A dangerous bill in California would make it easy for the government to search the cell phones and online accounts of students and teachers. A.B. 165 rips away crucial protections for the more than 6-million Californians who work at and attend our public schools. Under the proposed law, anyone acting “for or on the behalf of” a public school — whether that’s the police or school officials — could search through student, teacher, and possibly even parent digital data without a court issuing a warrant or any other outside oversight.
A.B. 165 runs contrary to our values. California is proud to be a leader in protecting the privacy of our citizenry. Not only is the right to privacy baked into the California Constitution, but in 2015 our lawmakers also passed CalECPA — heralded as “the nation’s best digital privacy law” — with broad support from Republicans, Democrats, civil libertarians, tech companies, and members of the law enforcement community. This law strikes the right balance when it comes to protecting privacy and empowering government officials to do their jobs. It ensures that when someone in the government wants to search our digital devices or a police offer wants to search our online accounts, they go to a judge and get a warrant based on probable cause. And it also ensures that the government can act swiftly when life and limb are on the line by providing an exemption when there is an emergency.
Some may argue that schools should have different rules. But not only do Californians of all ages and backgrounds deserve and need digital privacy, A.B. 165 is a sledgehammer, not a scalpel. It destroys all the important CalECPA safeguards that protect Californians in the school context from wide-ranging government searches.
If A.B. 165 is enacted, CalECPA protections would be stripped from students and teachers, meaning:
- Anyone acting “for or on the behalf of” a public school can conduct a search — that could potentially be anyone from lunch room attendants to on-campus police officers.
- School officials have no outside oversight when conducting searches and don’t have to report those searches to anyone.
- School officials aren’t required to notify anyone — the individual or parents or guardians — about a search
- There are no clear limits on what digital data can be searched — photos, appointments, social media accounts, email accounts, text messages, and browser history could all be up for grabs.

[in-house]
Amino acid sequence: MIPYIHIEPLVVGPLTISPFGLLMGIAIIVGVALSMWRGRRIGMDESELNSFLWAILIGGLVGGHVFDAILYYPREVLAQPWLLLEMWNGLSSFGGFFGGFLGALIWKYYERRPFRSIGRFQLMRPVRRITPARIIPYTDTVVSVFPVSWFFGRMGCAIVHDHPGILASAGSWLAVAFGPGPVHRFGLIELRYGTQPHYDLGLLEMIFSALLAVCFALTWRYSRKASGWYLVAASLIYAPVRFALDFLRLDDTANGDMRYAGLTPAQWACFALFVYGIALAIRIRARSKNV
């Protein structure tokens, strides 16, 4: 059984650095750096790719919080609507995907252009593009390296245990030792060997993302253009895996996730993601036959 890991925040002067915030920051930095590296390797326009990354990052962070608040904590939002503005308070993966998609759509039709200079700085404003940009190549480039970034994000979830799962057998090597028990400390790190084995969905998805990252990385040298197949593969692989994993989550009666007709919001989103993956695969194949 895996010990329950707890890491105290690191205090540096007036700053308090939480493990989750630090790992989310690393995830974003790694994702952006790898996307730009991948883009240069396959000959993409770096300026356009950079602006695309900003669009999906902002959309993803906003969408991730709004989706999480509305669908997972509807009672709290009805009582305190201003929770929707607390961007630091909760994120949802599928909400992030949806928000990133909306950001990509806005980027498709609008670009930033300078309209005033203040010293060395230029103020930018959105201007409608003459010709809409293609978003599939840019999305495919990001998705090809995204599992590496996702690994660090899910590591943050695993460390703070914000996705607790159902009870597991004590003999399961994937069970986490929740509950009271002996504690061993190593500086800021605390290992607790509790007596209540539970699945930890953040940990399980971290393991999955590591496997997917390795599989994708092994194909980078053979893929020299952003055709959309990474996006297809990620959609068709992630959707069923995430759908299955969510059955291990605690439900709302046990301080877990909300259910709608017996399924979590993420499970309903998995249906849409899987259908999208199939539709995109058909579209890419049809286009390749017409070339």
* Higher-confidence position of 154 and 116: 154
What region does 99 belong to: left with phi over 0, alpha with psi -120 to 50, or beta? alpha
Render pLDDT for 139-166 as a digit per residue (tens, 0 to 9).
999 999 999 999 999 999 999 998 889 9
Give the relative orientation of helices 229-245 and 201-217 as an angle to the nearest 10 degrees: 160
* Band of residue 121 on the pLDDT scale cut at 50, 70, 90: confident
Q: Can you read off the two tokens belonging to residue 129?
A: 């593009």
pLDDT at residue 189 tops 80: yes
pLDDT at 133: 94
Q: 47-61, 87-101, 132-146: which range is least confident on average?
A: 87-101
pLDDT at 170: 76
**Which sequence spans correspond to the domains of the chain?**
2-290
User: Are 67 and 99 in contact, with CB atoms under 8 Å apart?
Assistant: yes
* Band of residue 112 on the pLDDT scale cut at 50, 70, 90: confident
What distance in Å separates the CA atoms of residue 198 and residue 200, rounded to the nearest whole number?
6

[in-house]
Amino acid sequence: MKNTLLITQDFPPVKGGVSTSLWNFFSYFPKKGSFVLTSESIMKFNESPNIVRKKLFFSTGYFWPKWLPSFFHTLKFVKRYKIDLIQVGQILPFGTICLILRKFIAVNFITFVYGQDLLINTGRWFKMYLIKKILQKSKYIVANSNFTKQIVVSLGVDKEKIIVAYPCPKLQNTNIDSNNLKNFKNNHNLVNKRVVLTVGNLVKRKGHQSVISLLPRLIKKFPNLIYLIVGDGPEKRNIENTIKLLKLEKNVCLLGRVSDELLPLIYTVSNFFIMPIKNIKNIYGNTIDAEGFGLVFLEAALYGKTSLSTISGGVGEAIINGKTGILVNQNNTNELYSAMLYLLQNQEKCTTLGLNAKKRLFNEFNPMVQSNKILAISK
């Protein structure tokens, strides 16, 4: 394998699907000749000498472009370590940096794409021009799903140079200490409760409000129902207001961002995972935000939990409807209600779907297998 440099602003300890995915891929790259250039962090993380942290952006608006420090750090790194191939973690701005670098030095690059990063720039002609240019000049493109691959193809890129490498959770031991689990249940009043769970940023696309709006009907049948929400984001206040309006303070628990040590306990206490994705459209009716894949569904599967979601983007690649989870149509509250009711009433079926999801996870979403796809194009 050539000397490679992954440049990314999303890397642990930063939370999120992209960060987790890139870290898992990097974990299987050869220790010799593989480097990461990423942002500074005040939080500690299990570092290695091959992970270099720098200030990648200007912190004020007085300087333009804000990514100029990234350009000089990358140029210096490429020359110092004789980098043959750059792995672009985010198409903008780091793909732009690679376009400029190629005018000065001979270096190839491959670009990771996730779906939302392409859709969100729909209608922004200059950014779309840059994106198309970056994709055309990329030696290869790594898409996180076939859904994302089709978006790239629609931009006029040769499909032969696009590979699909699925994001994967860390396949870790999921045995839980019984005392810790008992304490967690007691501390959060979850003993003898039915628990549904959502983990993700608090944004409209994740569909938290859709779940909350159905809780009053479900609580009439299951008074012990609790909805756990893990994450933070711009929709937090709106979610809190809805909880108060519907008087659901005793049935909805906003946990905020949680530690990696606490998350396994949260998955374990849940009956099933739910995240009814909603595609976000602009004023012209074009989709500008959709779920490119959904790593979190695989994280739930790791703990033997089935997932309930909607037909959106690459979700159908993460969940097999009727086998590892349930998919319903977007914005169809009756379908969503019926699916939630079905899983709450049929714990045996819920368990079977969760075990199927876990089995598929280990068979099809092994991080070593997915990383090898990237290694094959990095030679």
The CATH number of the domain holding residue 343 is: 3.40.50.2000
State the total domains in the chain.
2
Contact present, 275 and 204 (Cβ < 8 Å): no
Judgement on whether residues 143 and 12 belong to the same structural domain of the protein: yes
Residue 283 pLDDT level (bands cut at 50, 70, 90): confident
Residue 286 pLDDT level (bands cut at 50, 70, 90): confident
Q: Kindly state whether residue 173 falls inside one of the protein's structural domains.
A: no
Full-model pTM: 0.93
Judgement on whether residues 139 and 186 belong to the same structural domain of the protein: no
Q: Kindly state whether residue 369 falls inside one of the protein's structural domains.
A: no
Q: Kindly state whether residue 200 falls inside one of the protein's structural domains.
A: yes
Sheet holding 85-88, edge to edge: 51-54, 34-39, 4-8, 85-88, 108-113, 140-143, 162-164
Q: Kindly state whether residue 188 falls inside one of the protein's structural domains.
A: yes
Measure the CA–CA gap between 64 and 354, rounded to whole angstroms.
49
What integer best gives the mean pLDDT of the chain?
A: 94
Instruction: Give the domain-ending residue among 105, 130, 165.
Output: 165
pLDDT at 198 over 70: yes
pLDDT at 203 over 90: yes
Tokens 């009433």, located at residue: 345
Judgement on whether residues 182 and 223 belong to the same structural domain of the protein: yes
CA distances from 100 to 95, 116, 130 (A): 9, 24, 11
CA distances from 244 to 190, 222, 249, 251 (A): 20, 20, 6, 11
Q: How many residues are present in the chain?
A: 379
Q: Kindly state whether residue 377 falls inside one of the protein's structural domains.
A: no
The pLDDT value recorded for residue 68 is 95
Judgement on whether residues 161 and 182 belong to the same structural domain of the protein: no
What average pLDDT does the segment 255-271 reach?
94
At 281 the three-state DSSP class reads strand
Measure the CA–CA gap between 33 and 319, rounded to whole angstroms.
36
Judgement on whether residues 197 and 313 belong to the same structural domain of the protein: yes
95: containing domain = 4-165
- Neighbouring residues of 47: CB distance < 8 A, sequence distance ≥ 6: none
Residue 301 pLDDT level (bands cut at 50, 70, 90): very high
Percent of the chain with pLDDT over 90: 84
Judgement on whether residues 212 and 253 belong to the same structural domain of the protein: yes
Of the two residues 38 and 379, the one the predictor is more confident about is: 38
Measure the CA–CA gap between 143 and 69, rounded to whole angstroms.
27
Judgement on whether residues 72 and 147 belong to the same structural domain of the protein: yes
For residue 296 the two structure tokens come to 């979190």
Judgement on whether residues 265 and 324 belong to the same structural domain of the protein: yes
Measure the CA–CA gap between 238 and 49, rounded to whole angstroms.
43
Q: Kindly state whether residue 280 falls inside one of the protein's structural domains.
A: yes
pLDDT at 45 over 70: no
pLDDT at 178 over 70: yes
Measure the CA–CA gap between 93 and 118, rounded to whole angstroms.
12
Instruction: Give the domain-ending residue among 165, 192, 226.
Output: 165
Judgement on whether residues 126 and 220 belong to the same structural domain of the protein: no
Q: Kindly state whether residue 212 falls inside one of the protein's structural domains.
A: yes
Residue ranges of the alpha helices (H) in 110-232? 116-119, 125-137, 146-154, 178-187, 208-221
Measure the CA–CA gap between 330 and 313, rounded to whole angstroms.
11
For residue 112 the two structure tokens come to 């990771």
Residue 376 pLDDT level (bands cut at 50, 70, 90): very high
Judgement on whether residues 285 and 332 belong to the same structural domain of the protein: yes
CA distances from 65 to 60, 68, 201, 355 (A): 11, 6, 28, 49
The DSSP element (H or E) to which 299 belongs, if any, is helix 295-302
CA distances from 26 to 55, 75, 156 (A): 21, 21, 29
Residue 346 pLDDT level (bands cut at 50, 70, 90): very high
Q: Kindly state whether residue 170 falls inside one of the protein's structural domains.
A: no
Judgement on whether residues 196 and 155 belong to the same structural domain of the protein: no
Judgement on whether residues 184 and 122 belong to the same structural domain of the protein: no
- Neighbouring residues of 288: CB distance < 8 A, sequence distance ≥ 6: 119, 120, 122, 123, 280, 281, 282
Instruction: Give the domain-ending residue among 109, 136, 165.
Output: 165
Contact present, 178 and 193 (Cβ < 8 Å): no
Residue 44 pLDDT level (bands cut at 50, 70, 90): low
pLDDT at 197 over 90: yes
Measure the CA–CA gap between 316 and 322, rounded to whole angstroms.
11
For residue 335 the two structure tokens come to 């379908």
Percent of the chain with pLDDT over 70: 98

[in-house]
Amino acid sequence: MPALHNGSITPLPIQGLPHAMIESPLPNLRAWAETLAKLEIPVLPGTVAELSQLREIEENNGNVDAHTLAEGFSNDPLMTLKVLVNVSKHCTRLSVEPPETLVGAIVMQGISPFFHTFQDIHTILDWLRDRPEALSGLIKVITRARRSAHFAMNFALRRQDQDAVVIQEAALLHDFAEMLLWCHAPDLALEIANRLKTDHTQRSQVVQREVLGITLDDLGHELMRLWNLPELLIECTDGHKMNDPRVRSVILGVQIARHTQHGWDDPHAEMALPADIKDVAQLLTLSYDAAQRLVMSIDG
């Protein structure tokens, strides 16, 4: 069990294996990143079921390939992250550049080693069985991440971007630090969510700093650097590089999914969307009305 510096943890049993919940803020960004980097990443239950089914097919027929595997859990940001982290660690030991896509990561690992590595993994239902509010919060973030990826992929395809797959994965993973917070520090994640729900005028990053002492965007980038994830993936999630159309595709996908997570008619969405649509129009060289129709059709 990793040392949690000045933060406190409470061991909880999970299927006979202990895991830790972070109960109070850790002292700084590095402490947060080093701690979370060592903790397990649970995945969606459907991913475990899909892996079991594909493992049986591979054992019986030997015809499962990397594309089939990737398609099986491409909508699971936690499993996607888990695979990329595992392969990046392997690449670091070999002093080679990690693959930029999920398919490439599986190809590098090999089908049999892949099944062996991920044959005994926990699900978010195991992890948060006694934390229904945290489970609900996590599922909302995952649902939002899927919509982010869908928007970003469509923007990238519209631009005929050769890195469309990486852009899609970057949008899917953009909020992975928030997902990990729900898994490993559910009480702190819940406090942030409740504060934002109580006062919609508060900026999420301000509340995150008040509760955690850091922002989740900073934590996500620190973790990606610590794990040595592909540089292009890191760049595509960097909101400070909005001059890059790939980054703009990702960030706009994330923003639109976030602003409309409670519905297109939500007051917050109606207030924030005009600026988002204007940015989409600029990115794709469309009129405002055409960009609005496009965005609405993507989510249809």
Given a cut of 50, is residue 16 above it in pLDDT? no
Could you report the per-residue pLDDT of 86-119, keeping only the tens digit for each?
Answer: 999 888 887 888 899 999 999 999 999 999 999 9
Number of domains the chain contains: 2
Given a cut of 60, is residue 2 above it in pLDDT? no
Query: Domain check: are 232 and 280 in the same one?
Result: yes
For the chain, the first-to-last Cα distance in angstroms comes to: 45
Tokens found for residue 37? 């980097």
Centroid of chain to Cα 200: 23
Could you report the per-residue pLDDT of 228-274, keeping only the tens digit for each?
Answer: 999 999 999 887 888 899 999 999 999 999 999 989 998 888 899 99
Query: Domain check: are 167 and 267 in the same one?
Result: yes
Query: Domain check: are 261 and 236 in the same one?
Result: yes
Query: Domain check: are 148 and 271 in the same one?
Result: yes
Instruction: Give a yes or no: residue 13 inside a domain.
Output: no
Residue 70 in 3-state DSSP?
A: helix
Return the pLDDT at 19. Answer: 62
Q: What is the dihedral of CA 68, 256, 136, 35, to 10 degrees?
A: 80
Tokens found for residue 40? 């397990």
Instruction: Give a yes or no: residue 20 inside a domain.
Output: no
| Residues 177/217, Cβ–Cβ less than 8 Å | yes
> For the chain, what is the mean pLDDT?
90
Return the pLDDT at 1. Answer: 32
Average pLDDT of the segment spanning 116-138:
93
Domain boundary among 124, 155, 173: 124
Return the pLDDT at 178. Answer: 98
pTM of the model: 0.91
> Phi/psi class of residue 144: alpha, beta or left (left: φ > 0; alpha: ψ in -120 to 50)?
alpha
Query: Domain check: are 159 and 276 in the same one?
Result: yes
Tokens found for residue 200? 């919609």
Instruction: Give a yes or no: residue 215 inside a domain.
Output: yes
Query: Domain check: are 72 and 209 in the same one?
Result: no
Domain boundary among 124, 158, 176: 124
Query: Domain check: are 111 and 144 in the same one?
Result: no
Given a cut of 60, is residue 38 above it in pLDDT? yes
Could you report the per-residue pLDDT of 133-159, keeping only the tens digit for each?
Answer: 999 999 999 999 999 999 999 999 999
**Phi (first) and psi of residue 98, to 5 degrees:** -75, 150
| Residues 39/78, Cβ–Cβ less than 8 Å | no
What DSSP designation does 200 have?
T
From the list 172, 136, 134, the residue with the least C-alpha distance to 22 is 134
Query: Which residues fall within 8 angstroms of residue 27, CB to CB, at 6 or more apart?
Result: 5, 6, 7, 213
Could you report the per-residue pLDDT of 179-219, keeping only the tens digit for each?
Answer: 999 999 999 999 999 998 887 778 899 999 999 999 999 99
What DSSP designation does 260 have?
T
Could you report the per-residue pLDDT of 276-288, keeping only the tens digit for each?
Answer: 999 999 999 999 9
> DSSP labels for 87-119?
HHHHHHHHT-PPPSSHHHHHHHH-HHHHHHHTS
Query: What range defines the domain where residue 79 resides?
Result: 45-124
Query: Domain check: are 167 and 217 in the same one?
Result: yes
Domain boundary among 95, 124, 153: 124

- There are no safeguards to protect how data is used or shared, including with federal agencies.
In effect, this means that a school official could search through the cell phones or online accounts of California students and teachers without any type of warrant or oversight and pass that data to federal agencies like US Immigration and Customs Enforcement or others.
As Pres. Donald Trump is announcing policies that open the door to rounding up and deporting millions of immigrants in the United States and stripping away the rights of transgender students, A.B. 165 creates a dangerous loophole in California’s privacy safeguards.
California students use cell phones to access and communicate deeply sensitive information, like learning about local political events, investigating reproductive health, discussing the immigration status of a family member, or exploring their own gender identity. We can show our students that their dignity and privacy matters by safeguarding their rights to read and communicate without the specter of unfettered government access.
Unfortunately, backers of A.B. 165 are the same legislators who fought the passage of CalECPA two years ago. This bill may be aimed at California public schools, but make no mistake: the battle won’t stop here. If these legislators are able to destroy safeguards for our schools, they’ll turn to other communities and try to strip away these legal protections for other Californians. We need to hold the line.
A.B. 165 is currently in the privacy subcommittee of the California Assembly. That means that right now is a very important time to make sure all our California legislators hear us. Please speak out now against A.B. 165.
And if you are a California student or teacher who has witnessed the search of a digital device or online account on school property, please report it using our form.
Not in California? You can still make a difference. Please reach out to your friends in California and ask them to speak out, and please share this blog post on social media.
Any and all original material on the EFF website may be freely distributed at will under the Creative Commons Attribution License, unless otherwise noted. All material that is not original to EFF may require permission from the copyright holder to redistribute.